Steels containing higher than standard levels of sulfur, silicon or phosphorous can produce thick galvanized coatings that are not of uniform appearance and have lower impact resistance than galvanized coatings on standard grades of steel.

Stresses in the Basis Metal

AS/NZS 4680: 2006 contains information on stresses giving rise to distortion and embrittlement of the steel arising from the hot dip galvanizing process. These issues are covered in more detail elsewhere in this Specifiers Manual.

Extent of repairable damaged or uncoated areas

One of the contentious issues associated with hot dip galvanized coatings is the allowable extent of damaged or missing coating that can be repaired. This aspect is covered precisely in AS/NZS 4680.

The Standard nominates that the sum total of the damaged or uncoated areas shall not exceed 0.5% of the total surface area or 250 cm2, whichever is the lesser, and no individual damaged or uncoated area shall exceed 40 cm2. Where the design of the item or fabrication makes larger uncoated areas unavoidable, uncoated areas greater than 40 cm2 shall be repaired.

Repair Requirements

AS/NZS 4680:2006 nominates coating repair requirements for damaged or uncoated areas. While these recommendations may produce satisfactory results, this section of the Standard does not reflect industry best practice.

Single pack organic zinc rich paint, containing 90% zinc by weight in the dry film, is used throughout the industry for touch-up and repair, unless specified by the client. The Galvanizers Association of Australia endorses this procedure.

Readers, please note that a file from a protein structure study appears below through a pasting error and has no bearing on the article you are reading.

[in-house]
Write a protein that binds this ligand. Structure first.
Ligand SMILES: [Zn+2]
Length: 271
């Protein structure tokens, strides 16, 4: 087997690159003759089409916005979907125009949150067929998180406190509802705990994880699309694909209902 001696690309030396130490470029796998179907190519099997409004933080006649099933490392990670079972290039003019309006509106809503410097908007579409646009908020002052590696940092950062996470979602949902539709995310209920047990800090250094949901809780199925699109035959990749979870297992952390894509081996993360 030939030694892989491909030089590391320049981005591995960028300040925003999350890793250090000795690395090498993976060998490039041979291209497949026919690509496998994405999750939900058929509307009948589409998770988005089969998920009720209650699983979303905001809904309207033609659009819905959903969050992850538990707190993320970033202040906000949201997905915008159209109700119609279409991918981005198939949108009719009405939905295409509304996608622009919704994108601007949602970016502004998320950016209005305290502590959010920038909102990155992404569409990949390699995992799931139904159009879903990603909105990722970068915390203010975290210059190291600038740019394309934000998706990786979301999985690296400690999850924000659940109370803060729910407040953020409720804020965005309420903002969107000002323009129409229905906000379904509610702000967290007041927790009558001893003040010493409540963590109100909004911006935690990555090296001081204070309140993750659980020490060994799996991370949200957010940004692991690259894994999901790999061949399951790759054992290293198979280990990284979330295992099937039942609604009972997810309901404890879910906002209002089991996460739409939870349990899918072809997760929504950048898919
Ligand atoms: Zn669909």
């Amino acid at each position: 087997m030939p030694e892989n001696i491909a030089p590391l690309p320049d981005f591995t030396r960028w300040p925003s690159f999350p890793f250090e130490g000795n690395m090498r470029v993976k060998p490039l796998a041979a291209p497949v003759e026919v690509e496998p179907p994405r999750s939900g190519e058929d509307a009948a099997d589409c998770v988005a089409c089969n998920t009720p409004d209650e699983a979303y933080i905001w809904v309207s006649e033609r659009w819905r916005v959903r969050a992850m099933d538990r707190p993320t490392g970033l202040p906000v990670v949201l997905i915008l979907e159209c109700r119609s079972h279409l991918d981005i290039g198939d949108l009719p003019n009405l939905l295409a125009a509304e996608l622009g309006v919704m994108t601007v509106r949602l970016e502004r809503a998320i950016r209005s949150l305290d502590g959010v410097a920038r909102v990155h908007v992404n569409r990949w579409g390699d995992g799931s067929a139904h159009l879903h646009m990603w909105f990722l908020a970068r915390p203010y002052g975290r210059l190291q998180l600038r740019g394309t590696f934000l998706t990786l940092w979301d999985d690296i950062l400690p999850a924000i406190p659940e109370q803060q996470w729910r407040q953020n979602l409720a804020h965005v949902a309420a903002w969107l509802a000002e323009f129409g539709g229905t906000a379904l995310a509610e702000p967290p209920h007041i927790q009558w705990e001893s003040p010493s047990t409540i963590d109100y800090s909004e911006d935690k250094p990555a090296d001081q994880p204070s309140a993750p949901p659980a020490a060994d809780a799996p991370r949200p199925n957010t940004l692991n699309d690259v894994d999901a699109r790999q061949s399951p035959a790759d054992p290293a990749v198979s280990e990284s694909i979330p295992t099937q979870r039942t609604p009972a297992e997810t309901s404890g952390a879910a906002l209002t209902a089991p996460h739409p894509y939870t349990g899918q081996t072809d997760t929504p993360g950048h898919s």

Inorganic zinc rich paints are not considered suitable as touch-up coatings for galvanized products because the surface preparation requirements specific to uncoated steel will damage the galvanized coating adjacent to any area being repaired.

Sweep (Brush) Blast Cleaning of Galvanized Steel prior to Painting

A frequent problem arises with inexperienced painting contractors painting over hot-dip galvanized coatings, where abrasive blasting is required as the surface preparation. This has been addressed in AS/NZS 4680 and the surface preparation procedure nominated in the standard should always be referenced when painting over galvanizing is specified. This process is covered in more detail elsewhere in the Specifiers Manual.


AS/NZS 4680:2006 should be used as the reference document when specifying hot dip galvanized coatings. This Standard is subject to periodic reviews to ensure that it remains current with industry best practice. It is also aligned with the major international galvanizing standards, particularly the ISO Standard, ISO 1461.